Tuesday, October 27, 2015

State’s newest floating bridge now all decked out

 By Haylee Morse-Miller

We haven’t waved a green flag yet over the new SR 520 floating bridge.  But with last week’s final concrete pour for the bridge’s roadway, it’s only a matter of months before drivers are cruising across Lake Washington on the new, six-lane span.

We’ve completed tons of work – many tons of work – since project construction began four years ago. Hundreds of thousands of tons of concrete have gone into building the bridge’s pontoons, anchors, roadway deck, high-rise piers, and support columns. Just one of the 21 longitudinal pontoons for the new bridge weighs 11,000 tons, or as much as 23 Boeing 747s.

The final deck pour in progress on Oct. 22.

So pouring the last of this concrete to finish the nearly 2-mile-long roadway surface is a big milestone for the SR 520 Floating Bridge and Landings Project. It’s now physically possible for vehicles to cross the entire length of the floating bridge, from Medina all the way to the existing west approach bridge in Seattle. A lot more work remains, however, before traffic actually switches over from old bridge to new. Here are some of the key tasks we’ll be tackling before we open the new bridge next spring.

Crews lower the foundation for a noise wall on
the bridge’s east approach near Medina.
Bridge barrier and noise wall installation: More than 26,000 feet of traffic barrier will be placed along the entire length of the bridge. Also, concrete noise walls will be installed along the bridge’s east approach to reduce the traffic noise heard by nearby residents in Medina.

A barge deposits rock ballast into a pontoon.

Pontoon ballasting: Ballast rock is being placed inside the pontoons to ensure that the pontoons all sit at the same height in the water. In all, some 70,000 tons of the ballast rock, hauled in by barge, will be added to the pontoons.


Stormwater drainage pipes are part of the stormwater treatment
system to capture roadway runoff from the bridge. 

Stormwater drainage system installation: Catch basins along the roadway and piping that runs along the underside of the roadway deck will capture roadway runoff, lessening the environmental impact of the bridge on Lake Washington.

Outside view of the LEED Silver certified bridge
maintenance facility.
Some of the 300 miles of electrical wire that will
be used on the bridge – enough wire to stretch
from Seattle to Idaho.

Bridge maintenance facility construction:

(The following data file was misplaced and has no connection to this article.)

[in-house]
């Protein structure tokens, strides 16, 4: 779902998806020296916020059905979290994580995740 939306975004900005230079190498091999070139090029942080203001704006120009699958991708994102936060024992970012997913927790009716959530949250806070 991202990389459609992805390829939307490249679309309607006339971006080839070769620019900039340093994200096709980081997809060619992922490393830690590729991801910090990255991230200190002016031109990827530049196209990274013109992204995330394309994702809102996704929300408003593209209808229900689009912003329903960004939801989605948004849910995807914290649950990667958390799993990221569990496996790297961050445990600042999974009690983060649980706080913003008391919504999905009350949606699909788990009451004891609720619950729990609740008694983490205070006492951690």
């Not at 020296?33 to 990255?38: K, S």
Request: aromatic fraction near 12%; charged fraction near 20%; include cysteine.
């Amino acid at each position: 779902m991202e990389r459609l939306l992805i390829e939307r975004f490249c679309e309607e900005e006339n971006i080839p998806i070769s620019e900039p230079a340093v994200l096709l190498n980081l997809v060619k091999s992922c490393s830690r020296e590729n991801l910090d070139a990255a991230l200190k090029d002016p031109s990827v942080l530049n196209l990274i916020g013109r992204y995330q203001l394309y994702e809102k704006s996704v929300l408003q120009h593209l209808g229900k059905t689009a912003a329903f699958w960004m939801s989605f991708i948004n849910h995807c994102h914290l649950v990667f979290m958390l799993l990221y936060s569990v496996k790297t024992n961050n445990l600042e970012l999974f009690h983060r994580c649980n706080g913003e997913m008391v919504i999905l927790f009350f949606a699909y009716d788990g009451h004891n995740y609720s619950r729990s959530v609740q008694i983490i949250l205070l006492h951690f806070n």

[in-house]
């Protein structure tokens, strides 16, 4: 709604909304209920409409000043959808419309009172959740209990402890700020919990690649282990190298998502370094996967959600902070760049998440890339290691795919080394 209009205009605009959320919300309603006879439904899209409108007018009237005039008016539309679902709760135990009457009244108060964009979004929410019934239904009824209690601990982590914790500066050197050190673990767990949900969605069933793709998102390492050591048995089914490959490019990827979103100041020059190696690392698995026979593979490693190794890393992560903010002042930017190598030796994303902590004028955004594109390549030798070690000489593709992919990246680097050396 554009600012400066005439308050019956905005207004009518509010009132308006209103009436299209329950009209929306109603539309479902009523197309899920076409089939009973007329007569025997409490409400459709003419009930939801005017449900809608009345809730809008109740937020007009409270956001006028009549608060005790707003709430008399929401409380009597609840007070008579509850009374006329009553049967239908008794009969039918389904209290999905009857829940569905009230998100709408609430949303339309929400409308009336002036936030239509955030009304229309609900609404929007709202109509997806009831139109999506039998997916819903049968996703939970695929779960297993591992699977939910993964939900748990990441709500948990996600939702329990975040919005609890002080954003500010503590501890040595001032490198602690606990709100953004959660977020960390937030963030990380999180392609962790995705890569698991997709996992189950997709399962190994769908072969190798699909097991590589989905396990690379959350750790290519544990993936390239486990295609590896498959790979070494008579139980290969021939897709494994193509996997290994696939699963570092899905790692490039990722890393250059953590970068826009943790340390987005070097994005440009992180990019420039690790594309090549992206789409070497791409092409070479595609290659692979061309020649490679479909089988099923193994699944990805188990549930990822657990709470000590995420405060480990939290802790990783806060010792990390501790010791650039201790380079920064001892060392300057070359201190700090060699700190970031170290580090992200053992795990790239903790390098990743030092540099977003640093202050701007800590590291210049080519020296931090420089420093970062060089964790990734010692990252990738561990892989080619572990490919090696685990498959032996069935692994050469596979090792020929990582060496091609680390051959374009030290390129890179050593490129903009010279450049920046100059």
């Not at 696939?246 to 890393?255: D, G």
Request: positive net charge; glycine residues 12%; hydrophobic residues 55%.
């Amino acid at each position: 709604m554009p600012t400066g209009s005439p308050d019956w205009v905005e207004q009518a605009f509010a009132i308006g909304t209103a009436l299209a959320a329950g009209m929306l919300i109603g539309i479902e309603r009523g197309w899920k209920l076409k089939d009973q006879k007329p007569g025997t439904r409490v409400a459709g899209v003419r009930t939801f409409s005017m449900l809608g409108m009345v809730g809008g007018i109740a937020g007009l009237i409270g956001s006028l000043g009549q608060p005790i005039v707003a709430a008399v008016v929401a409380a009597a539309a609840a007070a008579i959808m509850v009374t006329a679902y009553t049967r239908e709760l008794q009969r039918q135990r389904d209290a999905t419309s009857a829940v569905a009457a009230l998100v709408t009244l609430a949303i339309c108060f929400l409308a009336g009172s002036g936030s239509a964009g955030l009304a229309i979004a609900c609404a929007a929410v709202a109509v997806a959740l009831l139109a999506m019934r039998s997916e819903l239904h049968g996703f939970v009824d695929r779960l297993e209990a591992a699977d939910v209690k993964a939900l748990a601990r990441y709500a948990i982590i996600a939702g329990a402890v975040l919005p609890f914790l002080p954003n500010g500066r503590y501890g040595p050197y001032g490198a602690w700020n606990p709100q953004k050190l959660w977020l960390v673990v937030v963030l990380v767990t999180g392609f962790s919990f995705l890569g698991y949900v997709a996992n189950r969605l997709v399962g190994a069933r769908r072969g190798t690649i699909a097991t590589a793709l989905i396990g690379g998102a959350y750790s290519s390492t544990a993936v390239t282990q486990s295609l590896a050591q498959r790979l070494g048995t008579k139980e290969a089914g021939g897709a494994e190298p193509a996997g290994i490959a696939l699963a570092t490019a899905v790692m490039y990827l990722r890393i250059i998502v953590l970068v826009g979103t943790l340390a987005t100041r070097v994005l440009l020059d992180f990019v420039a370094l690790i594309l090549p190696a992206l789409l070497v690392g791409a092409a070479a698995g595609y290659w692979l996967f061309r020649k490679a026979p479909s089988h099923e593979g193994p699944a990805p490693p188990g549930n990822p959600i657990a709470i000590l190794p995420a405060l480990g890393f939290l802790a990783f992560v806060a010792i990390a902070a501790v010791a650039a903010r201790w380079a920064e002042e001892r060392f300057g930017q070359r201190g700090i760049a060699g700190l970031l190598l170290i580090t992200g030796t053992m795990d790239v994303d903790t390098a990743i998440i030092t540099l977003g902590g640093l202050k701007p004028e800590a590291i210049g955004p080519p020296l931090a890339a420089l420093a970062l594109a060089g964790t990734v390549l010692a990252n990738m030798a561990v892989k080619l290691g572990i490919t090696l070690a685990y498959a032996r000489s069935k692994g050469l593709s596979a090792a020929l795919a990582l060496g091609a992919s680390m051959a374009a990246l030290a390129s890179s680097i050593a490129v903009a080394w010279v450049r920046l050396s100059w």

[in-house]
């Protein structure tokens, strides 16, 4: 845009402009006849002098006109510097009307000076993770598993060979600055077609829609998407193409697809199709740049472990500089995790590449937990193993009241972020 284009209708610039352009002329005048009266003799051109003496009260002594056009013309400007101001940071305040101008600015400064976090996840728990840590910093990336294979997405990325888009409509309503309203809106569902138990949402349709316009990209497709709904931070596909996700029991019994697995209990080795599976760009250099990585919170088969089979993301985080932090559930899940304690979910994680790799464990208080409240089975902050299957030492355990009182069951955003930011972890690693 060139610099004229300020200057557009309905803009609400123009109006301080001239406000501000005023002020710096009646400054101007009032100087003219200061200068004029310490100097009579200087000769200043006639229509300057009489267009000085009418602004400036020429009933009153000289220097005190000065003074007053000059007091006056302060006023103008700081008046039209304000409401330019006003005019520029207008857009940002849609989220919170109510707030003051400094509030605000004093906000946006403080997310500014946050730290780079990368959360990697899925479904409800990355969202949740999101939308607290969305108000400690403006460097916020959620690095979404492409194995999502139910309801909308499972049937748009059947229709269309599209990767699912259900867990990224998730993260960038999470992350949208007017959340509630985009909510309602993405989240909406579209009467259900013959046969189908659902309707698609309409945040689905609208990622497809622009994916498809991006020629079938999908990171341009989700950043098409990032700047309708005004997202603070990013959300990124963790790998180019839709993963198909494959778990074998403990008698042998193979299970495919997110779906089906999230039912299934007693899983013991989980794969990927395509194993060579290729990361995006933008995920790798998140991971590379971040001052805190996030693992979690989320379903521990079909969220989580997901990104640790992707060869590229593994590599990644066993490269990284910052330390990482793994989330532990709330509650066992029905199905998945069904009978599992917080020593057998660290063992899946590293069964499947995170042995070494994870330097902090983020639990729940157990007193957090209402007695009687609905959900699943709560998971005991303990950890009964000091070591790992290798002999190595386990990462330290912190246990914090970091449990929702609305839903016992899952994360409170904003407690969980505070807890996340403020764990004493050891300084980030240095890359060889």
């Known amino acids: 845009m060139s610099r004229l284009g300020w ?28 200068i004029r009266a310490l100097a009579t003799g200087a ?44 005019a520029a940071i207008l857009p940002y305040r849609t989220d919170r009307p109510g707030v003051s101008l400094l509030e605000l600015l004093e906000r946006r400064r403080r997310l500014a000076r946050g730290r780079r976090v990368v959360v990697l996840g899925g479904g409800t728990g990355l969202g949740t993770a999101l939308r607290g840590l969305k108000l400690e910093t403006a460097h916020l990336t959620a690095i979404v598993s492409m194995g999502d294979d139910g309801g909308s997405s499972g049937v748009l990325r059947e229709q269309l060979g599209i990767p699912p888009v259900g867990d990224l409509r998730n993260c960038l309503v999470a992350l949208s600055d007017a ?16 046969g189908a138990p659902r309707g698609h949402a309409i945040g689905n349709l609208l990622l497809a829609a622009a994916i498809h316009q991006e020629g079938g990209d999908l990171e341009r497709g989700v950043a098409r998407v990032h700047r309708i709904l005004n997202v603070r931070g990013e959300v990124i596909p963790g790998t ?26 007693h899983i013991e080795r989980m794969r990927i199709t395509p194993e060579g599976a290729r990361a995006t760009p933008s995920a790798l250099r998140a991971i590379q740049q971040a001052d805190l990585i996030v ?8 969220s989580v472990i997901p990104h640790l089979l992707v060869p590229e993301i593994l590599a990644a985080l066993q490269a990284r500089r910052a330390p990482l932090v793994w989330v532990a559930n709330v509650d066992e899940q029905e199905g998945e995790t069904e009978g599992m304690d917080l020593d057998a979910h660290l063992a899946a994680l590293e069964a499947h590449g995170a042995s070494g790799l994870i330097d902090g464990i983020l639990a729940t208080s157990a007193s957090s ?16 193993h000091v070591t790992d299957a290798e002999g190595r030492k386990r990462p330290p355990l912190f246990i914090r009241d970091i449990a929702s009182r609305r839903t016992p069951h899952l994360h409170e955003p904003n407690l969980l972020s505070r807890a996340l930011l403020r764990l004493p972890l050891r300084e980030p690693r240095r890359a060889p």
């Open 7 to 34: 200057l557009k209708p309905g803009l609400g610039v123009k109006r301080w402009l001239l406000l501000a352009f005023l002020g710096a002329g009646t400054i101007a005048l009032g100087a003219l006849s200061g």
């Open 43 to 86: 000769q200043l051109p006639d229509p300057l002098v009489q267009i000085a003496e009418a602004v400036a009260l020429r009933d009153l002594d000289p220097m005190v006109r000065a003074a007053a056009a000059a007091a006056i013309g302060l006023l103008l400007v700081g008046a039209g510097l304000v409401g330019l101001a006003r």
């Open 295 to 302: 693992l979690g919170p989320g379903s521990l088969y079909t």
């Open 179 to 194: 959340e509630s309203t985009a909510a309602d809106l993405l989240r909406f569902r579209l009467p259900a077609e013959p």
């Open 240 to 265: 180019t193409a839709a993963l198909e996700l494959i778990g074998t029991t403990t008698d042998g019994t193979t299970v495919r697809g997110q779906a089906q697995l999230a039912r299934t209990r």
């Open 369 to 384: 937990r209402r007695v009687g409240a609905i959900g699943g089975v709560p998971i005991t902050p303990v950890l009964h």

A new bridge-maintenance facility is under construction below the East Approach of the bridge, on the Medina shoreline. This facility will house maintenance and repair equipment for the bridge and allow crews to quickly respond to any bridge-maintenance needs that arise.


Connecting bridge safety and management systems: These are the invisible hands that keep traffic flowing, including fire-safety systems, bridge sensors, and electronic traffic signs, like those showing variable speed limits.  


A rendering of the bicycle/pedestrian path on the bridge,
including one of the decorative sentinels that mark the
ends of the bridge.


Completion of architectural elements: Crews will install bridge lighting and decorative “sentinels” that mark the east and west ends of the longest floating bridge in the world. On the bridge’s 14-foot-wide bicycle and pedestrian path, we’ll finish installing rest areas/viewpoints, or “belvederes,” as well as nearly 8,500 feet of railing.

You can follow the progress of our final bridge-building activities as we count down to project completion. View this bridge-commissioning graphic on our website – and start to get excited about crossing the world’s longest floating highway in spring 2016!


Curt Nichols said...

How long until the bike/ped path is connected to surface streets on both ends?

WSDOT said...

The bicycle and pedestrian path will open in spring 2016 when the rest of the floating bridge opens, and will reach Seattle in summer 2017. In spring 2016, it will connect to surface streets on the Eastside only, providing an out and back path on the floating bridge. When the West Approach Bridge North is completed in summer 2017, the bike/pedestrian path will provide access to 24th Avenue East in Montlake.

Dan said...

Why will it take a whole extra year to connect the bike/pedestrian path? Seems like we could use that functionality a bit earlier.

WSDOT said...

The 14-foot-wide regional shared-use bicycle/pedestrian path is opening in phases as the new sections of the SR 520 bridge are complete. The path on the floating bridge, which will extend from the current eastside path to the end of the floating bridge, is scheduled to open in spring 2016 when the floating bridge opens to traffic. The West Approach Bridge North will connect the path to Montlake and WABN is not scheduled to open to traffic until summer 2017. Our bicycle/pedestrian folio on our website illustrates how the new path will open in phases and connect to existing paths on both sides of the lake.

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